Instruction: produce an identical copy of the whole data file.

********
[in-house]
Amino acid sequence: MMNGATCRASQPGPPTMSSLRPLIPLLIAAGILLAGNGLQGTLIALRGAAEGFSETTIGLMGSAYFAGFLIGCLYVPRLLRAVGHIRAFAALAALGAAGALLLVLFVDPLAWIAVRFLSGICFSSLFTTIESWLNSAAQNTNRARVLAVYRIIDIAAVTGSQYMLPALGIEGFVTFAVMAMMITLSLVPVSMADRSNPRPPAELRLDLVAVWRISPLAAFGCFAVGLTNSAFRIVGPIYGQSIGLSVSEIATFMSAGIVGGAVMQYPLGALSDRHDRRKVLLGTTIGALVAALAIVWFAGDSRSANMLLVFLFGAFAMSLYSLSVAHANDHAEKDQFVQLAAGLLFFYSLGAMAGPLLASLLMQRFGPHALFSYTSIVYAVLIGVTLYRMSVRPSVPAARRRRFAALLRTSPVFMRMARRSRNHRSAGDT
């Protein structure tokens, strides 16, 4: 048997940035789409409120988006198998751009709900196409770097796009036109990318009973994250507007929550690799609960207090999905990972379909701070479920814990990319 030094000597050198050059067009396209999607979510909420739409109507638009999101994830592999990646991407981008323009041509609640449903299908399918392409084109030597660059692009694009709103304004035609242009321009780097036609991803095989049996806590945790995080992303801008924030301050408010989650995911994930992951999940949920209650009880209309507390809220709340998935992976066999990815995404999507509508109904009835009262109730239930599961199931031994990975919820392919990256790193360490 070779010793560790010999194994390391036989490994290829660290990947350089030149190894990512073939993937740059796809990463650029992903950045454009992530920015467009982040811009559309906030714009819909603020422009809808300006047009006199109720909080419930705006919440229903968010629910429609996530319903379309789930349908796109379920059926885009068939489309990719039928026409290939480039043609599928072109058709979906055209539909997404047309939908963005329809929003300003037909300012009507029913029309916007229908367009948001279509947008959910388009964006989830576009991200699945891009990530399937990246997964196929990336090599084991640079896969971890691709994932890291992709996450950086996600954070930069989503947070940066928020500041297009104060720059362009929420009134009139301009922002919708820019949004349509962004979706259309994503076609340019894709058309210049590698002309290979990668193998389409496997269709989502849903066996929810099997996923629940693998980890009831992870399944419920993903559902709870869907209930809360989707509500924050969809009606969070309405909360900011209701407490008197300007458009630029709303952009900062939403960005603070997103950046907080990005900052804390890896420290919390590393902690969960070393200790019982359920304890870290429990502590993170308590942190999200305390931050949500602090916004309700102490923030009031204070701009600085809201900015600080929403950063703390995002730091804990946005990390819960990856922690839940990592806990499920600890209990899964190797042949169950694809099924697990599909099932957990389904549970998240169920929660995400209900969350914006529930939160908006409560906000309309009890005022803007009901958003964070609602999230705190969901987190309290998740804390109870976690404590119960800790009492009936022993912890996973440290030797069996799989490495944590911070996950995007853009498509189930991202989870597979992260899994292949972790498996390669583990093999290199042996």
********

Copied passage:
[in-house]
Amino acid sequence: MMNGATCRASQPGPPTMSSLRPLIPLLIAAGILLAGNGLQGTLIALRGAAEGFSETTIGLMGSAYFAGFLIGCLYVPRLLRAVGHIRAFAALAALGAAGALLLVLFVDPLAWIAVRFLSGICFSSLFTTIESWLNSAAQNTNRARVLAVYRIIDIAAVTGSQYMLPALGIEGFVTFAVMAMMITLSLVPVSMADRSNPRPPAELRLDLVAVWRISPLAAFGCFAVGLTNSAFRIVGPIYGQSIGLSVSEIATFMSAGIVGGAVMQYPLGALSDRHDRRKVLLGTTIGALVAALAIVWFAGDSRSANMLLVFLFGAFAMSLYSLSVAHANDHAEKDQFVQLAAGLLFFYSLGAMAGPLLASLLMQRFGPHALFSYTSIVYAVLIGVTLYRMSVRPSVPAARRRRFAALLRTSPVFMRMARRSRNHRSAGDT
């Protein structure tokens, strides 16, 4: 048997940035789409409120988006198998751009709900196409770097796009036109990318009973994250507007929550690799609960207090999905990972379909701070479920814990990319 030094000597050198050059067009396209999607979510909420739409109507638009999101994830592999990646991407981008323009041509609640449903299908399918392409084109030597660059692009694009709103304004035609242009321009780097036609991803095989049996806590945790995080992303801008924030301050408010989650995911994930992951999940949920209650009880209309507390809220709340998935992976066999990815995404999507509508109904009835009262109730239930599961199931031994990975919820392919990256790193360490 070779010793560790010999194994390391036989490994290829660290990947350089030149190894990512073939993937740059796809990463650029992903950045454009992530920015467009982040811009559309906030714009819909603020422009809808300006047009006199109720909080419930705006919440229903968010629910429609996530319903379309789930349908796109379920059926885009068939489309990719039928026409290939480039043609599928072109058709979906055209539909997404047309939908963005329809929003300003037909300012009507029913029309916007229908367009948001279509947008959910388009964006989830576009991200699945891009990530399937990246997964196929990336090599084991640079896969971890691709994932890291992709996450950086996600954070930069989503947070940066928020500041297009104060720059362009929420009134009139301009922002919708820019949004349509962004979706259309994503076609340019894709058309210049590698002309290979990668193998389409496997269709989502849903066996929810099997996923629940693998980890009831992870399944419920993903559902709870869907209930809360989707509500924050969809009606969070309405909360900011209701407490008197300007458009630029709303952009900062939403960005603070997103950046907080990005900052804390890896420290919390590393902690969960070393200790019982359920304890870290429990502590993170308590942190999200305390931050949500602090916004309700102490923030009031204070701009600085809201900015600080929403950063703390995002730091804990946005990390819960990856922690839940990592806990499920600890209990899964190797042949169950694809099924697990599909099932957990389904549970998240169920929660995400209900969350914006529930939160908006409560906000309309009890005022803007009901958003964070609602999230705190969901987190309290998740804390109870976690404590119960800790009492009936022993912890996973440290030797069996799989490495944590911070996950995007853009498509189930991202989870597979992260899994292949972790498996390669583990093999290199042996």